IRS Property Seizure FAQ
Owe a significant amount from compounding back taxes, interest and penalties?
Do not make a mistake in believing the IRS will go away or is too cash strapped to come after you. The nation’s most aggressive collection agency is working your case and has some powerful tools at its disposal.
From our years helping taxpayers resolve back tax issues, we often encounter misperceptions about what the Service can actually do. In this FAQ, we answer some of these questions.
Can The IRS Take My Home?
Can The IRS Take Other Property? Are My Bank Accounts And Vehicles At Risk?
Again, the answer is yes. Liquid assets in your savings, checking or investment accounts are usually the first targets. When the IRS files a levy against a bank account, it allows a 21-day period to sort things out.
During this time, you can negotiate a payment arrangement or notify the IRS of errors that might affect the levy. Once a bank receives an IRS levy notice, the funds in the account at that time are frozen. It wouldn’t generally apply to deposits after the levy date.
With so many bills paid by direct debit, having an account frozen can wreck financial havoc. If you ever received a notice that contains the word levy, get immediate legal assistance to avoid having assets frozen.
Vehicles are a lower priority with the seizure machine. If you have a valuable automobile like a collector car or expensive sports car that the IRS discovers, your need to take steps to protect this property by working out a solution to deal with back taxes.
Can I Challenge A Wrongful Levy Claim?
Yes, you can. This option is available as long as the IRS still possesses your property and you may be able to get it back. The process from seizure to sale can be quicker than you recognize, so once property is taken act fast.
If the IRS has already sold off your property, you have up to two years to file a wrongful levy lawsuit. But you may be limited to recouping only the amount that the IRS received from the sale, which could be much lower than fair value.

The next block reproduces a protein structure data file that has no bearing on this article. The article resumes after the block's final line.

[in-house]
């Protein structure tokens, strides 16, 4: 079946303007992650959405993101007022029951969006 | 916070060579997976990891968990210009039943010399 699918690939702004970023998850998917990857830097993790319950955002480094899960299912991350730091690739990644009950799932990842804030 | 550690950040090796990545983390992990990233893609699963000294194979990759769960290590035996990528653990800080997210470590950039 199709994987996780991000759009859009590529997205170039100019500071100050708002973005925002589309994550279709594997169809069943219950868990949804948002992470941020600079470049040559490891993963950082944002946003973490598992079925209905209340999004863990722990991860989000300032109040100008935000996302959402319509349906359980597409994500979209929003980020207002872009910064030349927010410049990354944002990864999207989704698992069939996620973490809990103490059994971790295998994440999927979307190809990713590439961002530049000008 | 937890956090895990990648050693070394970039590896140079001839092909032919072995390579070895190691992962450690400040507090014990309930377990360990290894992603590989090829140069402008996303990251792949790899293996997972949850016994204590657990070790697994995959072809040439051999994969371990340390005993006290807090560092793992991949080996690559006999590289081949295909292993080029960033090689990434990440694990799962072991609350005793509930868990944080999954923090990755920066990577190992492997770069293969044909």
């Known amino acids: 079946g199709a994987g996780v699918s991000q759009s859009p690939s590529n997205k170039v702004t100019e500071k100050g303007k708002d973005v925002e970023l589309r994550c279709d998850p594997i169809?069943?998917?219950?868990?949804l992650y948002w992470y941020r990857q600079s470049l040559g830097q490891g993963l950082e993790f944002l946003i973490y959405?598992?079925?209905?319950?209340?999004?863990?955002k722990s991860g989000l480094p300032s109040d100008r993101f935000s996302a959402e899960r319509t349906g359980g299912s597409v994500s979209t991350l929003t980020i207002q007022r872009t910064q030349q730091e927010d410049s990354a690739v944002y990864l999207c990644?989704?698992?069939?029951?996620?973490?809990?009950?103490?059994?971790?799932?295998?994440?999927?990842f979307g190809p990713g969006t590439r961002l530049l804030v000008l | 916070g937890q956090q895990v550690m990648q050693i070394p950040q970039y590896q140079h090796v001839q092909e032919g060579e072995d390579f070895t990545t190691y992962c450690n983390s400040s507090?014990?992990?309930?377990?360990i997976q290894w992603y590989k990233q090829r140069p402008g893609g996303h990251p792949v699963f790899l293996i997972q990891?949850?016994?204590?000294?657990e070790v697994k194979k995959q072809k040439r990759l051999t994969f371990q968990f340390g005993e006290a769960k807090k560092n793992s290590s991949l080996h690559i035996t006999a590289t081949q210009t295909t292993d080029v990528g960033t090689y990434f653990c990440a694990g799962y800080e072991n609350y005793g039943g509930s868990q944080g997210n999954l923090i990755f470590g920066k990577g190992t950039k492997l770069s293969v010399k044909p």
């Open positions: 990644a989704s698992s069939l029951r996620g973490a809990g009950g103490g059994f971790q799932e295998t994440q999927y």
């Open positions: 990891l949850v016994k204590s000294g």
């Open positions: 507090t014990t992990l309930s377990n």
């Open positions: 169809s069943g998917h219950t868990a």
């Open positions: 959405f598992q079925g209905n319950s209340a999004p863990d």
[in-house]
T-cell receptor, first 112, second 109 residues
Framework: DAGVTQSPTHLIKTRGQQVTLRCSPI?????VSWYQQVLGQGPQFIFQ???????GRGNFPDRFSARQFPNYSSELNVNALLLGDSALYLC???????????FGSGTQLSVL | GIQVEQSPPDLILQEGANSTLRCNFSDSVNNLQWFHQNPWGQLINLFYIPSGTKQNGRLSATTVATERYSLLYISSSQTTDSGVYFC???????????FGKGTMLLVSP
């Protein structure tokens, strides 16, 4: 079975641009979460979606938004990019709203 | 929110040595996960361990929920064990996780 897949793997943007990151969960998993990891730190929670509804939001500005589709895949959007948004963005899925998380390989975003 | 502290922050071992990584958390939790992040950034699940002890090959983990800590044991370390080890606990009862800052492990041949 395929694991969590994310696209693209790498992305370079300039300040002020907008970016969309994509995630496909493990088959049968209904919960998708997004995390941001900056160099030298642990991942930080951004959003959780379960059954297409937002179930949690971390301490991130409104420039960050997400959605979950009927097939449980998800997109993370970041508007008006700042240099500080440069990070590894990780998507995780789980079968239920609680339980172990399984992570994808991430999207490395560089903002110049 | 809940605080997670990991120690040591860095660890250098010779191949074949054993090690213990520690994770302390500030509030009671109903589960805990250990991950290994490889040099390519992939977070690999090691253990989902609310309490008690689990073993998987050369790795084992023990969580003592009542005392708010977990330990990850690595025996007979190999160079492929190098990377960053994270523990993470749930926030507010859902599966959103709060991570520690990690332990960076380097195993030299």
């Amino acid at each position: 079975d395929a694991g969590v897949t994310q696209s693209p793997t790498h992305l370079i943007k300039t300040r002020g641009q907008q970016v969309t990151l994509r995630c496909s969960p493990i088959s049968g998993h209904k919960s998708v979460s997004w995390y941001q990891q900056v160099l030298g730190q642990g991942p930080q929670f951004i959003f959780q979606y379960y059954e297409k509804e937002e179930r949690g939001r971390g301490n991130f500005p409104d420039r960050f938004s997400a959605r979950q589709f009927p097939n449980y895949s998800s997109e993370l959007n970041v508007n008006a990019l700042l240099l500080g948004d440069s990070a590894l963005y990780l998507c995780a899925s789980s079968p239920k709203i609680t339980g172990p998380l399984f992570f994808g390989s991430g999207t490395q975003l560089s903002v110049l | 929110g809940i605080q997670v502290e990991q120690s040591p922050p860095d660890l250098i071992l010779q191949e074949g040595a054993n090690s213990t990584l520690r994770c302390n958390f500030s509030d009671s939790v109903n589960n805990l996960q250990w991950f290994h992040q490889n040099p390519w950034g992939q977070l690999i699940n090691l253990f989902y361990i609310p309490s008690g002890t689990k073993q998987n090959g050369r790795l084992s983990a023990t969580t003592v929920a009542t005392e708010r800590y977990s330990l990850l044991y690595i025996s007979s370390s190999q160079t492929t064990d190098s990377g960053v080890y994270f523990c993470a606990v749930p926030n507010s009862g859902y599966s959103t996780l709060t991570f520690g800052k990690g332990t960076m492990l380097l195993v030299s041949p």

What Steps Can I Take to Avoid Property Seizure?
The first and arguably most important step is to send an email requesting a free consultation with a tax attorney. If you are facing a levy of property, the situation has become dire and you need to bring in the big guns. Our tax attorneys provide tax defense representation nationwide.
Are There Assets The IRS Cannot Seize?
The Internal Revenue Service has broad authority when it comes to their collection efforts. When seeking the repayment of tax debt, the IRS will often turn to asset seizure. In these situations, however, there are certain procedures that must be followed and numerous rules that must be adhered to.
In general, the seizing of assets is one of the most powerful collection tools the IRS has at its disposal. Whether the seizure is centered on cash assets such as a bank account or property such as a car that can be sold toward debt recovery, the IRS must follow a strict path before taking this collection action.
Typically, asset seizure is the final stage of the debt recovery process. Individuals might be able to negotiate an offer in compromise or dispute the underlying tax liability. Failing that, the IRS will follow their general policy of seizing assets as a last resort. The IRS can attempt to seize wages, bank account balances, retirement accounts, Social Security benefits or physical property such as your house or car.
What's Exempt From Seizure?
The IRS will generally consider various sources of income exempt from seizure. These can include unemployment benefits, workers’ compensation benefits and income from child support payments. Additionally, certain factors can make annuity, pension, veteran disability and public assistance benefits off limits to IRS seizure.
In any legal situation – especially those that might directly impact your future financial stability – it is crucial that you fully understand your rights as well as the possible consequences you face. A tax law professional can carefully examine your situation and provide the legal guidance you need to successfully navigate your IRS tax matter.